The fact that there have been only two World Cup trophies in this format. This says as much as the grounding belief that India don’t have their name sealed around the Cup, even at home, even if their Asia Cup performances have given much to be excited about.

It may even lull the team and management into thinking their work is done as far as putting the pieces of the puzzle together goes. Not close to it, not quite.

And especially not comfortably set pieces yet when there are so many more moving pieces on the chess board.

New Zealand and England have not shown themselves as a cut above the rest. As teams that gave the cricket world a great finale in 2019 in a humdinger of a tie and Super Over, they should have been the two teams to watch out for. It is not easy to pull away attention after India lost the way it did to New Zealand in the semi finals but the final managed to capture the imagination of an audience that the organisers wanted to believe had lost their appetite for the 50 overs games.

England and New Zealand have been as nuanced and clinical as any team, even if they have lacked fireworks in the recent past. Their presence is as quiet as it could be deceptive. Which of the team wants to take the title of favourites and dark horses respectively depends on which team thinks it can handle the pressure well that comes as part of the responsibility of that load bearing.

An India versus Pakistan match might have copped all the attention, diffused partly by the battles in the Asia Cup. While it will still be the match outside the semi finals and final that will garner the most interest, it is likely that the teams matching in intensity and problems alike might just present a few more interesting possibilities to the mix.

The tournament organisers will certainly hope that is the case. This has already been a strange World Cup in preparation, attracting attention by the release of a late botched schedule that had to be reworked and not to everyone’s obvious liking. There is next to no fanfare, which is perhaps more telling with a billion plus audience ready to lap up anything cricket.

The back door signs are worrying, while the World Cup and the one day internationals can only hope that the ultimate redeeming factor might also be the saving grace in teams being able to pull themselves together when time and pressure mounts on them at the right moment to raise their game and the game itself.

From the World Cup perspective, having teams play each other rather than be divided in groups of two seems to make more sense as the World Cup gets smaller in numbers. Also, it would give a fairer assessment given that the teams would perhaps feel more comfortable being labelled dark horses than favourites lest their players get carried away, given how tumultuous results have been for all teams in the run up, which is saying something about the sport that is caught in their perplexing whirlpool of managing workloads as well as pay scales and calling upon players to make some rather finite decision for themselves, inevitably impacting the sport and creating an imbalance as it were in terms of the priorities of cricket boards.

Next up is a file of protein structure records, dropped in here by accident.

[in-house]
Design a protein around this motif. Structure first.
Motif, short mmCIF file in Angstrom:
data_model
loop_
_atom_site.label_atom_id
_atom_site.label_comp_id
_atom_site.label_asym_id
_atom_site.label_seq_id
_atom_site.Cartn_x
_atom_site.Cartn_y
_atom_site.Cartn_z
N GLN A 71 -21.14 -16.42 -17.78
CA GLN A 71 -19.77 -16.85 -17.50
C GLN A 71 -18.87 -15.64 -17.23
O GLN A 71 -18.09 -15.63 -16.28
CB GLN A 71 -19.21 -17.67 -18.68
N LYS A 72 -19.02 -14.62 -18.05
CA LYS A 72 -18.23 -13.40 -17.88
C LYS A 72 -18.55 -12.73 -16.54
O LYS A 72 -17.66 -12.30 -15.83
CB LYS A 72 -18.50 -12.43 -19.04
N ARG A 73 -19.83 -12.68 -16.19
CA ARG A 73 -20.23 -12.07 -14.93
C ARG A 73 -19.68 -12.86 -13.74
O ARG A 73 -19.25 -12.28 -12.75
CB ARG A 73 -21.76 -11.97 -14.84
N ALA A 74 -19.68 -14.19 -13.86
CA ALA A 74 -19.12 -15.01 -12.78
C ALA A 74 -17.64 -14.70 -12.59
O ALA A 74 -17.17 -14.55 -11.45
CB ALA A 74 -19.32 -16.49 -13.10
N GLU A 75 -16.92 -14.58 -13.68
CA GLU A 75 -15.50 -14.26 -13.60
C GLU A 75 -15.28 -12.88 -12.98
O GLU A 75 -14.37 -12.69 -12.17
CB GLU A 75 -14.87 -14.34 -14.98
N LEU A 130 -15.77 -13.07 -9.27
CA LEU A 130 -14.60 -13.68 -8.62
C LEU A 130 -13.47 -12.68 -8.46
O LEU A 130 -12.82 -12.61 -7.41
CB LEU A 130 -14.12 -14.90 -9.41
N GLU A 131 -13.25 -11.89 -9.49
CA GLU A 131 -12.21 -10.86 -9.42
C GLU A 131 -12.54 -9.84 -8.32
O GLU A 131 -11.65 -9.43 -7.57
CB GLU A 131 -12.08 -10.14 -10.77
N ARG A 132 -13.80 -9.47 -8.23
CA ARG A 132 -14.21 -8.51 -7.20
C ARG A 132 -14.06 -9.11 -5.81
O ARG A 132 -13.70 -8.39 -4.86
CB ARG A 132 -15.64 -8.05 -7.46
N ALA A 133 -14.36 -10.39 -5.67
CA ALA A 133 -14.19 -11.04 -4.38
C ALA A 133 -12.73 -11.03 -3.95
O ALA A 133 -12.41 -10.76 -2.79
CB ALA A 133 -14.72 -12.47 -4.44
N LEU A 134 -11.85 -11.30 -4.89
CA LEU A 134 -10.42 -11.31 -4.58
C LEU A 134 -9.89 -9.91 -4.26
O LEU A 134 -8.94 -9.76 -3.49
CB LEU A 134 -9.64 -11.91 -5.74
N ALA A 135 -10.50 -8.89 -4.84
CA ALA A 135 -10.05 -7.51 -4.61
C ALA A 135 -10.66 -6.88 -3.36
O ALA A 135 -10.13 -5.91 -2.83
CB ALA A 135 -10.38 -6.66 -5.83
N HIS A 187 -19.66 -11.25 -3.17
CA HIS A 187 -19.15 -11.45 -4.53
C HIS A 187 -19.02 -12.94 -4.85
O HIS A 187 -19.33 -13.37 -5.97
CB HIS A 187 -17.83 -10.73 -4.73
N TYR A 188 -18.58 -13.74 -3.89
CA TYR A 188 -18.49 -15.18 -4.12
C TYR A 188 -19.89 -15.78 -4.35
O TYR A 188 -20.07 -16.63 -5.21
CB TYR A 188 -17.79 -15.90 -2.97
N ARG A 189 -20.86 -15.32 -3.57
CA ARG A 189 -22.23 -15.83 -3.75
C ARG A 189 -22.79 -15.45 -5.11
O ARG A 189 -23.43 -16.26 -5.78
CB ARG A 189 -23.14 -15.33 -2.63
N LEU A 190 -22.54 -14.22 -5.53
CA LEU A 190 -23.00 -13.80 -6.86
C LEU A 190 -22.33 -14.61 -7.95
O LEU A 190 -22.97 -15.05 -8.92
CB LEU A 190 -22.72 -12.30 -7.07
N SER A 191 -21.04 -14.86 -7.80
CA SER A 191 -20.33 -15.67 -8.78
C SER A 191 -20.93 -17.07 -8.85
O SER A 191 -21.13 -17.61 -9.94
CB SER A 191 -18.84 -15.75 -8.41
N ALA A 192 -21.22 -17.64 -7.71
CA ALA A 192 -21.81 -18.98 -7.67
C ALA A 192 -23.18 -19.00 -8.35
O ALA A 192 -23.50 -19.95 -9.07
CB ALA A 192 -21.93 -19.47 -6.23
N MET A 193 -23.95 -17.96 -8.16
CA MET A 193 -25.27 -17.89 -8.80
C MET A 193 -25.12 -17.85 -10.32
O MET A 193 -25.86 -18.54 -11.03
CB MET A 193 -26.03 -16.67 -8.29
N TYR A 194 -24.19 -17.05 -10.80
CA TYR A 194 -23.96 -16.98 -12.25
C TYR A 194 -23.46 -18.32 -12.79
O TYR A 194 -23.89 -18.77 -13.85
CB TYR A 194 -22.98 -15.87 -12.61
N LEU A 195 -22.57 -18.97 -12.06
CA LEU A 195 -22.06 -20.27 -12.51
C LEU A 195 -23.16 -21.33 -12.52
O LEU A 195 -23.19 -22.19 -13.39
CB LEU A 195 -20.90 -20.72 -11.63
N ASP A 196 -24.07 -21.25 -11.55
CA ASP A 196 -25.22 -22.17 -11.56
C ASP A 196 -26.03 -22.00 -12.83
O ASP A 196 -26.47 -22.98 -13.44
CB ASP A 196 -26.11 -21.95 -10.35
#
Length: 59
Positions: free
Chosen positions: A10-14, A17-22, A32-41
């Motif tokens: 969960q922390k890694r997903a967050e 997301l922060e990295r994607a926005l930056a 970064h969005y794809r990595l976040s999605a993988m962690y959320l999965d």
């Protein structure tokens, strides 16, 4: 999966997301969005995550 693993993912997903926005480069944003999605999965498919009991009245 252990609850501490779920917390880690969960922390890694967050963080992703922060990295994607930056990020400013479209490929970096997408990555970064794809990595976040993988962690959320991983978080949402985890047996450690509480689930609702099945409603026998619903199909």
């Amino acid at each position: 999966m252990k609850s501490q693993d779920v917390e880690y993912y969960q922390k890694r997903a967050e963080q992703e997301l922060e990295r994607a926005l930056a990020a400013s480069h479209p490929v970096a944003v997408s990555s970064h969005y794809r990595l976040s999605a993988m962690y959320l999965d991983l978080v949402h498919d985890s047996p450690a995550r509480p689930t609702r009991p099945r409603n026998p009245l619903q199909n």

For the World Cup, it is a great advertisement without a clear cut winner because it presents a relatively open field. West Indies might have rued such as an opportunity while teams like Sri Lanka should consider it an opportunity rather than a slight not to be considered in front contention. It gives even neutral fans something to look forward to, which is a rare sight.

But it does say something about the game of cricket. For starters, the fact is that the one day internationals have not had so much scrutiny or fan interest as they have had in the lead up to the World Cup, evidenced by the interest in following the results and performance in the lead up. With Twenty20 leagues having dominated the map in a larger way than ever before, the stakes for the one day internationals as an endangered species, despite paving the way for short form sport, have never been higher.

With players relishing the opportunity and the format getting a rare fillip, the signs seem headed in the direction of a good, robust ICC Cricket World Cup 2023, with one caveat that the teams, all dark horses at this point which perhaps takes away the significance of a dark horse in that regard, bring their ‘A’ game when the heat will be under the collar, the fans resplendent in the stands despite the ticketing chaos and the focus on the spectacle of a World Cup in the background of several other sports and tournaments coming in the limelight.

This World Cup and the fate of the one day internationals might demand an even playing field and while quality might be sometimes compromised, these teams, struggling as they are in their own individual capacities, might just bring out the best in each other, pushing themselves and their opponents to punch above their weight to make for more than the odd, expected, predictable clash. The World Cup can only demand so much but fans will want more.